There are also some broadcast media outlets concerned with religion, such as the radio station called Holy Quran. Some other local radio stations devote limited hours to this kind of journalism, such asHouria(which meansfreedomin English) Radio,Iman(which meansfaithin English) Radio and many others.
Despite the spread of this kind of journalism in Palestine, it is not done at the professional level one would hope. We hope to develop this kind of journalism in Palestine and in all Arab countries.
Perhaps the only Arab country in which there is professional coverage of religion is Lebanon. This country of four million people is known for its religious pluralism. It contains up to 19 religious sects and traditions, all living in a geographically small country. The strategic geo-political location of this country in the Middle East has complicated its task of maintaining co-existence between people from different sects. Lebanese journalist Salman Andari, who specializes in coverage of religions, states:
In Lebanon there is quite a bit of media coverage of religion. In a complex country of more than 19 religious sects, Lebanon generally respects democracy and gives sects strong authority, even at the expense of politics.
In Lebanon journalism often gives priority to covering conflicts, disputes and events on a sectarian basis. Even coverage of corruption and some political issues is often associated with this religion or that. This is not because the Lebanese or the journalist would deliberately choose this direction, but because these events can be linked to the religious diversity of Lebanon and the blending of religion and politics.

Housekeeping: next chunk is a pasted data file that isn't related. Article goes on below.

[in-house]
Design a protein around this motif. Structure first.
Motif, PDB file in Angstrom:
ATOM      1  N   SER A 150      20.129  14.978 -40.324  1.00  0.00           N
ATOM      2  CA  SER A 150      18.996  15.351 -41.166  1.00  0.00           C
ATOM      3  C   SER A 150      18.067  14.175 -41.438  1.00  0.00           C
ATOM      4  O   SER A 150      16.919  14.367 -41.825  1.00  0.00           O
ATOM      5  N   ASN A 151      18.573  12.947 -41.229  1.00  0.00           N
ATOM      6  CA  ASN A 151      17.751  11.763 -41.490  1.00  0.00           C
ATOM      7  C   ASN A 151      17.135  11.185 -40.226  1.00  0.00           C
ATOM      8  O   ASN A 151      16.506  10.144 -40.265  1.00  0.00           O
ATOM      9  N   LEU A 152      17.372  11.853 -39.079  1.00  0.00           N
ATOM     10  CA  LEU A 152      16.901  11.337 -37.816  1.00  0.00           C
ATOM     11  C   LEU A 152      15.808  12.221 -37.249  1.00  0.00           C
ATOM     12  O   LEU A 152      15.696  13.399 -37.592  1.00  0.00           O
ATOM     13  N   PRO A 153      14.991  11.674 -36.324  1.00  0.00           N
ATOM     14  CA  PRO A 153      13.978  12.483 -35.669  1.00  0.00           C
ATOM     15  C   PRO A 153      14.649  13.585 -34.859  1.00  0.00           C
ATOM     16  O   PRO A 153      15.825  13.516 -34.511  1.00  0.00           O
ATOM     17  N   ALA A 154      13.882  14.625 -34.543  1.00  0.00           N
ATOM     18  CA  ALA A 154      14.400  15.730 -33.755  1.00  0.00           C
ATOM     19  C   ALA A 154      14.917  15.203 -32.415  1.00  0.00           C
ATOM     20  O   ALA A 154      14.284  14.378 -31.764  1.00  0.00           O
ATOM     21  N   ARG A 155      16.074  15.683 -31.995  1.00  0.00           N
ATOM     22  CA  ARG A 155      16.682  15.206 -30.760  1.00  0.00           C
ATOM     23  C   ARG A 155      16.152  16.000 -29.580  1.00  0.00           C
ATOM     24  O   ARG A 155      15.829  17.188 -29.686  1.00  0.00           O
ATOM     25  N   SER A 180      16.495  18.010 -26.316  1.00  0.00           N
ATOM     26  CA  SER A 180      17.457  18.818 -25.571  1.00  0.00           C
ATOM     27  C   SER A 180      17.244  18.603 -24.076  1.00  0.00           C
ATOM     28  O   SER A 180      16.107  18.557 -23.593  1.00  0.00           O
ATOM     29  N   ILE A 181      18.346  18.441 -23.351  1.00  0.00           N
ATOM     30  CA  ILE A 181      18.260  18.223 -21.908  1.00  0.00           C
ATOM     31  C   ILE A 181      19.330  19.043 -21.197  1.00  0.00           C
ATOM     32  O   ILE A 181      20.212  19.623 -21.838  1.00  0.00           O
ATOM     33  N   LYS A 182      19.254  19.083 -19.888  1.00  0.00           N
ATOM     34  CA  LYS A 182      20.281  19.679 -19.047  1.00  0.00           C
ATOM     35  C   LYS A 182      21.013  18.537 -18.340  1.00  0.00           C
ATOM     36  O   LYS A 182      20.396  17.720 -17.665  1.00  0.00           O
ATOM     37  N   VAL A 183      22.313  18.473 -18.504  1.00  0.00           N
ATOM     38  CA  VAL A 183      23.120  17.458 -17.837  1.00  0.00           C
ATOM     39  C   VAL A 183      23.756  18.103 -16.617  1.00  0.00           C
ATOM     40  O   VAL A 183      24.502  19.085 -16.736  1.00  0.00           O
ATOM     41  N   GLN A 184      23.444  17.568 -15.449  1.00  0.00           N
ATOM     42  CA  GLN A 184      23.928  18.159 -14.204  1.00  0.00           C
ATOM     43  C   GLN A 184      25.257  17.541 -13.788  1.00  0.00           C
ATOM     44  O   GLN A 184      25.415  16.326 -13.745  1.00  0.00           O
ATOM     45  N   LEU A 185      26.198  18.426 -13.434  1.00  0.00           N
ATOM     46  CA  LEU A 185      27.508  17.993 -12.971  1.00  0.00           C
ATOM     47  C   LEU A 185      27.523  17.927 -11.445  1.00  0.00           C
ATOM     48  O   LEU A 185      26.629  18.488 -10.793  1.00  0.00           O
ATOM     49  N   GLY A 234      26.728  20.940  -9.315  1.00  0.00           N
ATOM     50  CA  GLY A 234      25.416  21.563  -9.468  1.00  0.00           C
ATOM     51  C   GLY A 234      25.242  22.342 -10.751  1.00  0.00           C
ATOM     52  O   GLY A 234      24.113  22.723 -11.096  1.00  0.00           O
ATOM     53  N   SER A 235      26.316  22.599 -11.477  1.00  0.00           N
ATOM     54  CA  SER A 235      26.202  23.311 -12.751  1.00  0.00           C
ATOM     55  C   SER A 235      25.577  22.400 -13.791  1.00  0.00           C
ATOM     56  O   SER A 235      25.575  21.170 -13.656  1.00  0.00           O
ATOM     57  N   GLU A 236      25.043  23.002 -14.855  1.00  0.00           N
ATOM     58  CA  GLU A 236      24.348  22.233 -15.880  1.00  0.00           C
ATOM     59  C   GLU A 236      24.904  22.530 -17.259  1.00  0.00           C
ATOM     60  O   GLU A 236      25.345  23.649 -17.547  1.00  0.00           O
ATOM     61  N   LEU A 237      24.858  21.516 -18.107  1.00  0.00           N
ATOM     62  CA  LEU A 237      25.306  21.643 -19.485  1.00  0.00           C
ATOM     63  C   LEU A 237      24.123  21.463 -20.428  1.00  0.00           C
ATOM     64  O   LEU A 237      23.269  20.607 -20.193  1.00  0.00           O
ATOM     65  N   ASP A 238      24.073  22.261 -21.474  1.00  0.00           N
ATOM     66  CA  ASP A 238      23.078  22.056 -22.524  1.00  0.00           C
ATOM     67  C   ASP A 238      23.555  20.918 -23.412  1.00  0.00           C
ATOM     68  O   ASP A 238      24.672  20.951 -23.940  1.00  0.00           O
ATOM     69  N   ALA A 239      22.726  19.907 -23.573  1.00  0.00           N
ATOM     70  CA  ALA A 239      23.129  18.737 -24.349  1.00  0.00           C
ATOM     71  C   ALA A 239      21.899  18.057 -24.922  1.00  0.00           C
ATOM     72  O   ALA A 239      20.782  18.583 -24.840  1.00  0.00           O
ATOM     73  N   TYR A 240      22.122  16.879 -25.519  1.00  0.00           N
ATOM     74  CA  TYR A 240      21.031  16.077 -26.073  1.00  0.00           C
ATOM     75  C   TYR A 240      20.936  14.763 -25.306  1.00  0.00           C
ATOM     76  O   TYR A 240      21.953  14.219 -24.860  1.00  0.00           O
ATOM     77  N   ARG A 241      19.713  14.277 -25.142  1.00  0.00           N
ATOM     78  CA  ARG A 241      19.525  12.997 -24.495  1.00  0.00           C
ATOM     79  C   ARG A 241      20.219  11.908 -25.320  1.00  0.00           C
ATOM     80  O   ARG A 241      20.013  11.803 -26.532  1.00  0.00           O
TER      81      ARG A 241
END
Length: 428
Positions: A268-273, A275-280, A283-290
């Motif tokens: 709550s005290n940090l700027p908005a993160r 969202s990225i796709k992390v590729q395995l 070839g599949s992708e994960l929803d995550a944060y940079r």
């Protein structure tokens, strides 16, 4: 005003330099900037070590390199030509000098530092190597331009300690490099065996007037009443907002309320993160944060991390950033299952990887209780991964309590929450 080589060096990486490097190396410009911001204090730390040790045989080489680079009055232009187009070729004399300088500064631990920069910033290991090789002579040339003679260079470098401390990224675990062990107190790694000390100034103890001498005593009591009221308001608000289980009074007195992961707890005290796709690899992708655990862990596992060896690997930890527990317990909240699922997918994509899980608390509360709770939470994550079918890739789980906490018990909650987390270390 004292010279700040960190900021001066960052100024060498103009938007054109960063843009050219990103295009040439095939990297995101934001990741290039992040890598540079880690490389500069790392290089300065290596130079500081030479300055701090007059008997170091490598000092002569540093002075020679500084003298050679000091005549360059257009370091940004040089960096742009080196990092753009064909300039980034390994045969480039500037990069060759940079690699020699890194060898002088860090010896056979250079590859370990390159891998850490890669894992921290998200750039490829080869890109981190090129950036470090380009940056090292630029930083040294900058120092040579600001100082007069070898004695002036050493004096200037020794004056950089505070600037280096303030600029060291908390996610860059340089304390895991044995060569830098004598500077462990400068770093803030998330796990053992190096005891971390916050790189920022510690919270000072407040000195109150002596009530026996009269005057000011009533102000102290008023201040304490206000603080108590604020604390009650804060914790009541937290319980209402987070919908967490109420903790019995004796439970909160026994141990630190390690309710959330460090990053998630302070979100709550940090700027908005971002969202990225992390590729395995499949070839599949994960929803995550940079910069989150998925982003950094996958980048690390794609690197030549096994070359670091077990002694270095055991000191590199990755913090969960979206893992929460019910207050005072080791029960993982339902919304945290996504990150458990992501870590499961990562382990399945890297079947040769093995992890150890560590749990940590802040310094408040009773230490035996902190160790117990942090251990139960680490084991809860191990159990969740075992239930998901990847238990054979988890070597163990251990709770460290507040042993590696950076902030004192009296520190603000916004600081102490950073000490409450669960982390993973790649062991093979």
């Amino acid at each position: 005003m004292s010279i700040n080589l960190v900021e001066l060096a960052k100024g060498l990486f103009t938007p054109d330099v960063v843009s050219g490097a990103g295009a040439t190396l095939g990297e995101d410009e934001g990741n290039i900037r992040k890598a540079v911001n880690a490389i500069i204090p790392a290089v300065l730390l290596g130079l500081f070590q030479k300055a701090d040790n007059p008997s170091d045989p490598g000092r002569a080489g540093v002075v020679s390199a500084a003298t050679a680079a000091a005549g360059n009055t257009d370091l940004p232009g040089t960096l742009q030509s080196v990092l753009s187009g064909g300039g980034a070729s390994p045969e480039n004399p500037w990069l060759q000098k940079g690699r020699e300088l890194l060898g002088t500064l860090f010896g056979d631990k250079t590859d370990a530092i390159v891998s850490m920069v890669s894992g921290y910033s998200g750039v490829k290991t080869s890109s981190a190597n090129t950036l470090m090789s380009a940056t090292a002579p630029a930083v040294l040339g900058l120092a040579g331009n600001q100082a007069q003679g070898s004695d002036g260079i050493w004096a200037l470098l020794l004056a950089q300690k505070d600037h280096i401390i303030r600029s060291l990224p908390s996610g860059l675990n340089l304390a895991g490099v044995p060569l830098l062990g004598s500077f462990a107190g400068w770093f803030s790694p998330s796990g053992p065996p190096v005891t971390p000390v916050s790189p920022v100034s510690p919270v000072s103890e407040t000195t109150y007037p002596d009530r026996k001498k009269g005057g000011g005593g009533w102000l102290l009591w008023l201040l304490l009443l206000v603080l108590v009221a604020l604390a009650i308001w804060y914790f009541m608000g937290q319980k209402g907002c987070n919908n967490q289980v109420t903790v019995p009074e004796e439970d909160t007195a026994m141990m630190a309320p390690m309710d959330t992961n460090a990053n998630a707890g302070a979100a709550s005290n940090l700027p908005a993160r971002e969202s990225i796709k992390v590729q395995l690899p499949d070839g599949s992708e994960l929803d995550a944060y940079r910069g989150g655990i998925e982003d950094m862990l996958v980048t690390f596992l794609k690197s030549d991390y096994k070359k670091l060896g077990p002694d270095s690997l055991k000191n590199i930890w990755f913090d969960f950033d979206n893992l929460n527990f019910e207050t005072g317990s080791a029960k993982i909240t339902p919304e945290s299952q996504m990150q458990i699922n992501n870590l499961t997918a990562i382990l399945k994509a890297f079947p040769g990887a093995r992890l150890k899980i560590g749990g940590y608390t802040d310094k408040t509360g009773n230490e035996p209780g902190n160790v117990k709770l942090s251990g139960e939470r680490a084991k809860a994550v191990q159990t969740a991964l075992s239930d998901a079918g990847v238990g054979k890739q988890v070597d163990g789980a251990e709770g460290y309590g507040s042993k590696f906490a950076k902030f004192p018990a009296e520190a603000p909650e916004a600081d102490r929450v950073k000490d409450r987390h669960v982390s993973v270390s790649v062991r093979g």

Most political parties in Lebanon are connected to a religion or a certain sect. This is the case with the majority of social realities in Lebanon. In spite of all these difficulties, the media in Lebanon have been able to maintain its lead in the Arab world. When the security situation in the country is tense, various events are often covered from a religious angle. But often this coverage is negative.
The positive role of religion gets a little bit of coverage by journalists in Lebanon, but there needs to be much more. Some media coverage has highlighted outstanding performances by religious people.
There are many examples of religion reporting in Lebanon. For example, the Lebanese daily newspaper, Al-Nahar, developed a special page and put it under the title, Religions and Civilizations. In addition, various articles, reports and investigations focused on religion are regularly published in newspapers.
With these examples from across the Arab world, we can conclude that there have been some small positive developments in religion coverage. But, in regard to the larger goal of professional, fair and balanced coverage of religion, the region is far behind that of much of the media in the West. Certainly there are reasons for this situation. And one of them is the restricted media freedom in general.